5. Analyse techniques for enhancing food shelf life and their significance in reducing post-harvest losses, contributing to enhanced food security, and mitigating climate change impacts.

Module 3: Sustainable Distribution and Logistics

This module zeros in on the key components that make the distribution and logistics of agricultural products more resilient to the impacts of climate change. Participants will delve into strategies for building and managing effective cold chains crucial for preserving the quality of perishable goods in a warming climate. Additionally, this module covers the use of Information and Communication Technology (ICT) to enhance supply chain efficiency, ensuring that products are moved from producers to consumers in a manner that minimises carbon footprint and waste while enhancing productivity and resilience.


  • Cold chain development and management for climate resilience
  • ICT for efficient supply chain management

Learning Objectives

Upon completing this module, participants will be able to:

  1. Understand the concept of the cold chain and its significance in climate resilience for agricultural products, specifically in the context of Lower Mekong Countries facing variable Learn about the role of ICT solutions in supply chain management, including the use of data analytics, GPS tracking, and other digital tools to streamline the flow of goods, reduce delays, and optimise resource use;
  2. Explore case studies from the region of successful implementation of climate-smart logistics and cold chain management practices that lead to reduced losses, better quality control, and improved farmer incomes.

Module 4: Climate-Resilient Marketing and Trade

Module 4 is designed to equip participants with the capabilities to leverage technology for promoting and selling climate-smart food products. This module explores the synergy between digital marketing and climate resilience. It highlights various online tools and platforms that can transform marketing strategies, allowing producers to reach a wider audience while minimising their environmental footprint.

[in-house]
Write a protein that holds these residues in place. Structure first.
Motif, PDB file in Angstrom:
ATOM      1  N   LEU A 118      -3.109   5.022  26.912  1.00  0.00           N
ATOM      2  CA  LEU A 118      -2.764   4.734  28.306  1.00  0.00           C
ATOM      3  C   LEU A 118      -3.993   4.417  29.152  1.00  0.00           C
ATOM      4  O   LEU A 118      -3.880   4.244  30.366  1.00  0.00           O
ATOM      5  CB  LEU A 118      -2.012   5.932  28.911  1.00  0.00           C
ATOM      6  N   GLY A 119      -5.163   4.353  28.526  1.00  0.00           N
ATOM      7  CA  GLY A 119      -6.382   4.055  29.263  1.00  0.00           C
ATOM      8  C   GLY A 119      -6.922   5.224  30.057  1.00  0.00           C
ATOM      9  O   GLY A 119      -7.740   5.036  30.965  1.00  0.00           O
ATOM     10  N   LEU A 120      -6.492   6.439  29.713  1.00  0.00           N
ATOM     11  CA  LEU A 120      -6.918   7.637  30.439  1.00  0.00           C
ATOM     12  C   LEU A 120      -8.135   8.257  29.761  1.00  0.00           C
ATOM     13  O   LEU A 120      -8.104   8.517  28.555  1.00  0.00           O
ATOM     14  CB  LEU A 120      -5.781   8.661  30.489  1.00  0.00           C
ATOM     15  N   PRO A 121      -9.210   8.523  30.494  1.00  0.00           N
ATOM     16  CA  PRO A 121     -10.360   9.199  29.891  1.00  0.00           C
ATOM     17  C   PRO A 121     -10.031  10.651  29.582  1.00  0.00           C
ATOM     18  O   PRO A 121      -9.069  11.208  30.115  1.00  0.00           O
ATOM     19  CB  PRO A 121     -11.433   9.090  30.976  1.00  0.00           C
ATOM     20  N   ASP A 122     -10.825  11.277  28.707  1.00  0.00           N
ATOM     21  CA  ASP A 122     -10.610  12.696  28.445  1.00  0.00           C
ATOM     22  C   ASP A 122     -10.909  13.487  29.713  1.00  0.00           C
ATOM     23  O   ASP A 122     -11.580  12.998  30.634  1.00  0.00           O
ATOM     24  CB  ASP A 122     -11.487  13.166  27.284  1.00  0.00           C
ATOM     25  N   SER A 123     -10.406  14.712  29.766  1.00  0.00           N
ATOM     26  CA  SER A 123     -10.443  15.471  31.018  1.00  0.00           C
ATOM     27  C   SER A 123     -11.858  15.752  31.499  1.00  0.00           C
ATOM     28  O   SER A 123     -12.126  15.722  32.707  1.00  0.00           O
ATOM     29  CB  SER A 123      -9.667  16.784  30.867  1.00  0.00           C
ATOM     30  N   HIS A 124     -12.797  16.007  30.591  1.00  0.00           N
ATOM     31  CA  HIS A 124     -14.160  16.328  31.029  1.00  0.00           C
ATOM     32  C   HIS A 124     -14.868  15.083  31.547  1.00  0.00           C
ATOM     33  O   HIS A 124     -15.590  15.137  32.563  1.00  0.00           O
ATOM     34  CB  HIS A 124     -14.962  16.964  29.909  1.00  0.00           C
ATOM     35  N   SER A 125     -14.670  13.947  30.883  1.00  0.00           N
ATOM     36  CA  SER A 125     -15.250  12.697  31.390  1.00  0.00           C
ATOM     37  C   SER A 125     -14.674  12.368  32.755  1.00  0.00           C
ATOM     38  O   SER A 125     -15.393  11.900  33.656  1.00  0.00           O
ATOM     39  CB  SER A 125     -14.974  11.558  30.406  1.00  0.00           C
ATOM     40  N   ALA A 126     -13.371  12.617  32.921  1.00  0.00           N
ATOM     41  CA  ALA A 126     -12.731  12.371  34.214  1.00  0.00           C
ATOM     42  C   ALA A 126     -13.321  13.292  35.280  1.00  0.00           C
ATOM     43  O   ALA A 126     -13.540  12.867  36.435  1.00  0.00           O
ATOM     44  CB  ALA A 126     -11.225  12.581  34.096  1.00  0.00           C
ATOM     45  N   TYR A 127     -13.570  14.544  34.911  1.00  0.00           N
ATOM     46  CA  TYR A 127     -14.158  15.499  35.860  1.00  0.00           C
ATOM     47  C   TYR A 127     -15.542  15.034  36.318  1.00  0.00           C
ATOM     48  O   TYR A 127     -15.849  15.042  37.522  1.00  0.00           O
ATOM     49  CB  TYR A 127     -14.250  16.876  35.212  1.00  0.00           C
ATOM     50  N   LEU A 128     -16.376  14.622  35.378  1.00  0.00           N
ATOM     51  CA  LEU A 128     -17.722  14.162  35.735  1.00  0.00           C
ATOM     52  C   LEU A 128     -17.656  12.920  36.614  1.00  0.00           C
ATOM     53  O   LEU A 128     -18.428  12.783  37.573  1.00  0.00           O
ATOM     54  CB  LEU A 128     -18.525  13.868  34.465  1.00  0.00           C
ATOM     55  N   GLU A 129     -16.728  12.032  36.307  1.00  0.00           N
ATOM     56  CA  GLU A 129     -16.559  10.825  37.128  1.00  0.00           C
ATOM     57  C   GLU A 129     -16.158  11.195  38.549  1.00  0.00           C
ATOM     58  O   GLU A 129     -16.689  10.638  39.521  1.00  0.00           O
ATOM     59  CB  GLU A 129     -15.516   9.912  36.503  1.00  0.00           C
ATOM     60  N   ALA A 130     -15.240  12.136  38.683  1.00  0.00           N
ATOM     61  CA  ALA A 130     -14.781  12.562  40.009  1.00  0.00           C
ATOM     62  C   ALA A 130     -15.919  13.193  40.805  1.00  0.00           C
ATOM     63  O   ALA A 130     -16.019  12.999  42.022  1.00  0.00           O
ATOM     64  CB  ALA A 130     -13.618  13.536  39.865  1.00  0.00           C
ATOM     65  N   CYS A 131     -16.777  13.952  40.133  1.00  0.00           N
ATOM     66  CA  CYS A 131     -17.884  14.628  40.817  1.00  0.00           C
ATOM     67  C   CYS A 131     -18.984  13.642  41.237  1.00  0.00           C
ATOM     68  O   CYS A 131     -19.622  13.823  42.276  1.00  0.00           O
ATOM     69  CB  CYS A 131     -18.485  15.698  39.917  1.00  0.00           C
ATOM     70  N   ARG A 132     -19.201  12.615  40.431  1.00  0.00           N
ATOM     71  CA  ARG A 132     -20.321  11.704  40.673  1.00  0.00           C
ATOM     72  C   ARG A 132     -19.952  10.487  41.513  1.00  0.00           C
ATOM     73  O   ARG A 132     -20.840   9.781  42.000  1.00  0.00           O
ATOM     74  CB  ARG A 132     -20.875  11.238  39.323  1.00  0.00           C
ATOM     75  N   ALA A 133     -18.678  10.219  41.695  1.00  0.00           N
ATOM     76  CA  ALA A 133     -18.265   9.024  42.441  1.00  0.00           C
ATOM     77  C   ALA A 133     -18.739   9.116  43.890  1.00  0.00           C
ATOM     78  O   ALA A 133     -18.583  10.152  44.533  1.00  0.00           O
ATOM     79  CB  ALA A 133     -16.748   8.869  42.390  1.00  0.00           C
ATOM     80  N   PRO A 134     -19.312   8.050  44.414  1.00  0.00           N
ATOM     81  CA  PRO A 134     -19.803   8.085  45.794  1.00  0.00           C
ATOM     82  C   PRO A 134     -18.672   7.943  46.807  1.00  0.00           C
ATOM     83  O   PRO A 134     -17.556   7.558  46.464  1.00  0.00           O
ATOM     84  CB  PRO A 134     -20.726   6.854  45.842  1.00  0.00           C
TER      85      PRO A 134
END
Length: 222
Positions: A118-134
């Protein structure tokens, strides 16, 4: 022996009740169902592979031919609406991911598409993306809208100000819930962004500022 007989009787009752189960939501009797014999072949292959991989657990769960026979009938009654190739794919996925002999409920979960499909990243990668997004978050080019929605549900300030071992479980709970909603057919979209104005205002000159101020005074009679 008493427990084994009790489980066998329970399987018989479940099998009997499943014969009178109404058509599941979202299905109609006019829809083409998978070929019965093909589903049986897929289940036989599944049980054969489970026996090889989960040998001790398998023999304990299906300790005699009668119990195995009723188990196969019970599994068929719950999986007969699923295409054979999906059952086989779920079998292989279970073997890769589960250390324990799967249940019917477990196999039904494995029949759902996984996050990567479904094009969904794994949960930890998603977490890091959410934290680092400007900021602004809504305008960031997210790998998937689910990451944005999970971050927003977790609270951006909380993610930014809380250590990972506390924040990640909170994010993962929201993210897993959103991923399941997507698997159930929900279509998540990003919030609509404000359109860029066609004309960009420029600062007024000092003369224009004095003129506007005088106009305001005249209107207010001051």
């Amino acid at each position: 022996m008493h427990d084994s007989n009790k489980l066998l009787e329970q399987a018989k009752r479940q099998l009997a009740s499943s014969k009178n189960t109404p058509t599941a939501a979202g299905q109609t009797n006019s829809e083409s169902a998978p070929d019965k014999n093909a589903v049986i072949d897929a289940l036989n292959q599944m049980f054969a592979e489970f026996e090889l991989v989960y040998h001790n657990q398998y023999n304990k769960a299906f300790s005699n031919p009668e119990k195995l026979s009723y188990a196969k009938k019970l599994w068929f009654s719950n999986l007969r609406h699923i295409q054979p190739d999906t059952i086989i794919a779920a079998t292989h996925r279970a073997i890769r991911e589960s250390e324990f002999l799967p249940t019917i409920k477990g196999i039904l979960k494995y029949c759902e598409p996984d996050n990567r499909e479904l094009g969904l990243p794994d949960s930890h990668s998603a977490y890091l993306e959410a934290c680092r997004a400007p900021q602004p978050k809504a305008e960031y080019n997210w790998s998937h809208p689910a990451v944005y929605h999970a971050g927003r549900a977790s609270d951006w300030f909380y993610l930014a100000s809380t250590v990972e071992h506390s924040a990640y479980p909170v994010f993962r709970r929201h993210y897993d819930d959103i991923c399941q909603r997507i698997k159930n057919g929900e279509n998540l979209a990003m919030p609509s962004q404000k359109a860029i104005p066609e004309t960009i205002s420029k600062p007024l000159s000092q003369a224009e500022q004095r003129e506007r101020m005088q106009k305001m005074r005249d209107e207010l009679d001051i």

Learning Objectives

Upon completion of this module, participants will:

  1. Acquire practical knowledge of various digital platforms, from social media to specialised e-commerce sites, and how to effectively use them to target the right consumers;
  2. Understand how to use e-commerce platforms to expand market reach, reduce carbon footprints, and create systems that are resilient to climate-induced disruptions.

Module 5: Learning Visit

A significant feature of this course is a learning visit to a local site that successfully implements climate-smart technologies, providing participants with an actual example and the opportunity to engage with practitioners. The site visit will facilitate a deeper understanding of the practical challenges and solutions for CSA implementation.

Module 6: Action Planning

To apply the knowledge and skills learned, participants will work on an action plan – something they can work on that is relevant to their work and their organisation. The proposed action plan will be implemented three to six months after returning to their respective countries. These action plans provide opportunities to transfer their learnings and multiply the project impact within their own organisations and food MSMEs.


  • Please fill out the online application form by January 22, 2024, Monday: Please answer the action plan part thoughtfully.
  • Seven participants per country are eligible for a full training scholarship, including international airfare and accommodation.
  • MI will send a formal invitation letter to selected applicants no later than January 29, 2024.


For inquiries, contact Ms. Claudine Dayo at and copy Ms. Maria Theresa S. Medialdia at You may also contact Ms. Claudine via Telegram / WhatsApp / Zalo at +63 9177206086 or via Line at +66 842343417.

Documents Download

  • To download the concept note, click here.
  • To download the agenda, click here.